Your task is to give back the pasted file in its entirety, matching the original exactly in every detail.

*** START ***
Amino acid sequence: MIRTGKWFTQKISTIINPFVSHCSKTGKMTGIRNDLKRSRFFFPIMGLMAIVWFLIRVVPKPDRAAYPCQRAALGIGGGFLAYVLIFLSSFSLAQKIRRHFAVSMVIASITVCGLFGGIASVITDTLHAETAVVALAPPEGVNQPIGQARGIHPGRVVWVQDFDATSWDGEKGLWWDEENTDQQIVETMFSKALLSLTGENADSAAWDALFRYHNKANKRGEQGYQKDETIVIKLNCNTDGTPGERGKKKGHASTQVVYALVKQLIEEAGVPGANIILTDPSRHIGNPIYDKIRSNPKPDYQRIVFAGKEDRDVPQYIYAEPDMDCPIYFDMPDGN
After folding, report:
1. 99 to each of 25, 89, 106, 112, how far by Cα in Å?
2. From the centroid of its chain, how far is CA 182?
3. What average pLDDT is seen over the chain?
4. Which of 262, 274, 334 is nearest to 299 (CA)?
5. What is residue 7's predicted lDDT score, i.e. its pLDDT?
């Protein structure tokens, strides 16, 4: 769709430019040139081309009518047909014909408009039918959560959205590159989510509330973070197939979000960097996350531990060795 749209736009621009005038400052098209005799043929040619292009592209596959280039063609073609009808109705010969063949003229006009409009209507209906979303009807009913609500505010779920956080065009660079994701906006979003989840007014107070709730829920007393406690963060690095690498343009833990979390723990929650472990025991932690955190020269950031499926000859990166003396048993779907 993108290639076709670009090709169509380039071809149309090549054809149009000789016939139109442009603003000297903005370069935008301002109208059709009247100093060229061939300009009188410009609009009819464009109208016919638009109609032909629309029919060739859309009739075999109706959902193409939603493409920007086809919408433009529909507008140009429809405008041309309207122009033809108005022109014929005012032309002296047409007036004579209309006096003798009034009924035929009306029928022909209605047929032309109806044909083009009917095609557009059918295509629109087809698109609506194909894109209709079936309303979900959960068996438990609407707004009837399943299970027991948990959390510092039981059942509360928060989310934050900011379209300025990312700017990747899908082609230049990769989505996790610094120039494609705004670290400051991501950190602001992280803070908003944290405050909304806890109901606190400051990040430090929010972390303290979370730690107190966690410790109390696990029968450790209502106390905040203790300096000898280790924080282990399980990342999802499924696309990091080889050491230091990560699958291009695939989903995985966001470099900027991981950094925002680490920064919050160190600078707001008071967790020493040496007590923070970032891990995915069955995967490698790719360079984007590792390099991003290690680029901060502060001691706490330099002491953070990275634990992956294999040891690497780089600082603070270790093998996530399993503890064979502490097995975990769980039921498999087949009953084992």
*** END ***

Amino acid sequence: MIRTGKWFTQKISTIINPFVSHCSKTGKMTGIRNDLKRSRFFFPIMGLMAIVWFLIRVVPKPDRAAYPCQRAALGIGGGFLAYVLIFLSSFSLAQKIRRHFAVSMVIASITVCGLFGGIASVITDTLHAETAVVALAPPEGVNQPIGQARGIHPGRVVWVQDFDATSWDGEKGLWWDEENTDQQIVETMFSKALLSLTGENADSAAWDALFRYHNKANKRGEQGYQKDETIVIKLNCNTDGTPGERGKKKGHASTQVVYALVKQLIEEAGVPGANIILTDPSRHIGNPIYDKIRSNPKPDYQRIVFAGKEDRDVPQYIYAEPDMDCPIYFDMPDGN
After folding, report:
1. 99 to each of 25, 89, 106, 112, how far by Cα in Å?
2. From the centroid of its chain, how far is CA 182?
3. What average pLDDT is seen over the chain?
4. Which of 262, 274, 334 is nearest to 299 (CA)?
5. What is residue 7's predicted lDDT score, i.e. its pLDDT?
């Protein structure tokens, strides 16, 4: 769709430019040139081309009518047909014909408009039918959560959205590159989510509330973070197939979000960097996350531990060795 749209736009621009005038400052098209005799043929040619292009592209596959280039063609073609009808109705010969063949003229006009409009209507209906979303009807009913609500505010779920956080065009660079994701906006979003989840007014107070709730829920007393406690963060690095690498343009833990979390723990929650472990025991932690955190020269950031499926000859990166003396048993779907 993108290639076709670009090709169509380039071809149309090549054809149009000789016939139109442009603003000297903005370069935008301002109208059709009247100093060229061939300009009188410009609009009819464009109208016919638009109609032909629309029919060739859309009739075999109706959902193409939603493409920007086809919408433009529909507008140009429809405008041309309207122009033809108005022109014929005012032309002296047409007036004579209309006096003798009034009924035929009306029928022909209605047929032309109806044909083009009917095609557009059918295509629109087809698109609506194909894109209709079936309303979900959960068996438990609407707004009837399943299970027991948990959390510092039981059942509360928060989310934050900011379209300025990312700017990747899908082609230049990769989505996790610094120039494609705004670290400051991501950190602001992280803070908003944290405050909304806890109901606190400051990040430090929010972390303290979370730690107190966690410790109390696990029968450790209502106390905040203790300096000898280790924080282990399980990342999802499924696309990091080889050491230091990560699958291009695939989903995985966001470099900027991981950094925002680490920064919050160190600078707001008071967790020493040496007590923070970032891990995915069955995967490698790719360079984007590792390099991003290690680029901060502060001691706490330099002491953070990275634990992956294999040891690497780089600082603070270790093998996530399993503890064979502490097995975990769980039921498999087949009953084992």